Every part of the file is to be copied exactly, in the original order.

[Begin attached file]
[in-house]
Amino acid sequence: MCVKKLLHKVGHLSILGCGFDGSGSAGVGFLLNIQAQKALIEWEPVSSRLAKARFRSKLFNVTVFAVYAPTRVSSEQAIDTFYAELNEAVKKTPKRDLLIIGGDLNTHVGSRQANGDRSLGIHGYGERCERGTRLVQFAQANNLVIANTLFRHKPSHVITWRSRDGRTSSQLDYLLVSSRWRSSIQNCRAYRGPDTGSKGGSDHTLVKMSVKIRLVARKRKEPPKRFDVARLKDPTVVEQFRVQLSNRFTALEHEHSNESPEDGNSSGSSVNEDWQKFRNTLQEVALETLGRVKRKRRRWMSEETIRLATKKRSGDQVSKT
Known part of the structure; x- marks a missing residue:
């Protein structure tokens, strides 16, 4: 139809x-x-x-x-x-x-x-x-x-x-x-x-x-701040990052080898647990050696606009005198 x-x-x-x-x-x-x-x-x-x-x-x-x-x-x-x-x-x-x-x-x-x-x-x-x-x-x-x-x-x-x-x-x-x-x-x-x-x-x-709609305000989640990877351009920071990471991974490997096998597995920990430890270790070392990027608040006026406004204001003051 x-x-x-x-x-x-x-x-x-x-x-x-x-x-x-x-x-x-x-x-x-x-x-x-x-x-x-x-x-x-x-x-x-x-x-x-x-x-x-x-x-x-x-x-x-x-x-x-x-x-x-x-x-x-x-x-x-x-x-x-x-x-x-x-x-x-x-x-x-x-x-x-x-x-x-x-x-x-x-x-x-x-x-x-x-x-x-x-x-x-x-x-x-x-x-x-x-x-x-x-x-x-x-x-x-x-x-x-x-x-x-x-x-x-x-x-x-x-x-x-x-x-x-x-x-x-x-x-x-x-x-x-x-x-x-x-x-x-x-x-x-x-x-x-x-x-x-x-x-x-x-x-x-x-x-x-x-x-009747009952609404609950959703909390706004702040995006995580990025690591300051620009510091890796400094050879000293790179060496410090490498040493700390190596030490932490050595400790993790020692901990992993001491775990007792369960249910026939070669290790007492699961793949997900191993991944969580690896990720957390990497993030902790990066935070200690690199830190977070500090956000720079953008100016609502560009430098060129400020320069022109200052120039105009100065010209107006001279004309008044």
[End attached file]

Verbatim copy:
[in-house]
Amino acid sequence: MCVKKLLHKVGHLSILGCGFDGSGSAGVGFLLNIQAQKALIEWEPVSSRLAKARFRSKLFNVTVFAVYAPTRVSSEQAIDTFYAELNEAVKKTPKRDLLIIGGDLNTHVGSRQANGDRSLGIHGYGERCERGTRLVQFAQANNLVIANTLFRHKPSHVITWRSRDGRTSSQLDYLLVSSRWRSSIQNCRAYRGPDTGSKGGSDHTLVKMSVKIRLVARKRKEPPKRFDVARLKDPTVVEQFRVQLSNRFTALEHEHSNESPEDGNSSGSSVNEDWQKFRNTLQEVALETLGRVKRKRRRWMSEETIRLATKKRSGDQVSKT
Known part of the structure; x- marks a missing residue:
């Protein structure tokens, strides 16, 4: 139809x-x-x-x-x-x-x-x-x-x-x-x-x-701040990052080898647990050696606009005198 x-x-x-x-x-x-x-x-x-x-x-x-x-x-x-x-x-x-x-x-x-x-x-x-x-x-x-x-x-x-x-x-x-x-x-x-x-x-x-709609305000989640990877351009920071990471991974490997096998597995920990430890270790070392990027608040006026406004204001003051 x-x-x-x-x-x-x-x-x-x-x-x-x-x-x-x-x-x-x-x-x-x-x-x-x-x-x-x-x-x-x-x-x-x-x-x-x-x-x-x-x-x-x-x-x-x-x-x-x-x-x-x-x-x-x-x-x-x-x-x-x-x-x-x-x-x-x-x-x-x-x-x-x-x-x-x-x-x-x-x-x-x-x-x-x-x-x-x-x-x-x-x-x-x-x-x-x-x-x-x-x-x-x-x-x-x-x-x-x-x-x-x-x-x-x-x-x-x-x-x-x-x-x-x-x-x-x-x-x-x-x-x-x-x-x-x-x-x-x-x-x-x-x-x-x-x-x-x-x-x-x-x-x-x-x-x-x-x-009747009952609404609950959703909390706004702040995006995580990025690591300051620009510091890796400094050879000293790179060496410090490498040493700390190596030490932490050595400790993790020692901990992993001491775990007792369960249910026939070669290790007492699961793949997900191993991944969580690896990720957390990497993030902790990066935070200690690199830190977070500090956000720079953008100016609502560009430098060129400020320069022109200052120039105009100065010209107006001279004309008044």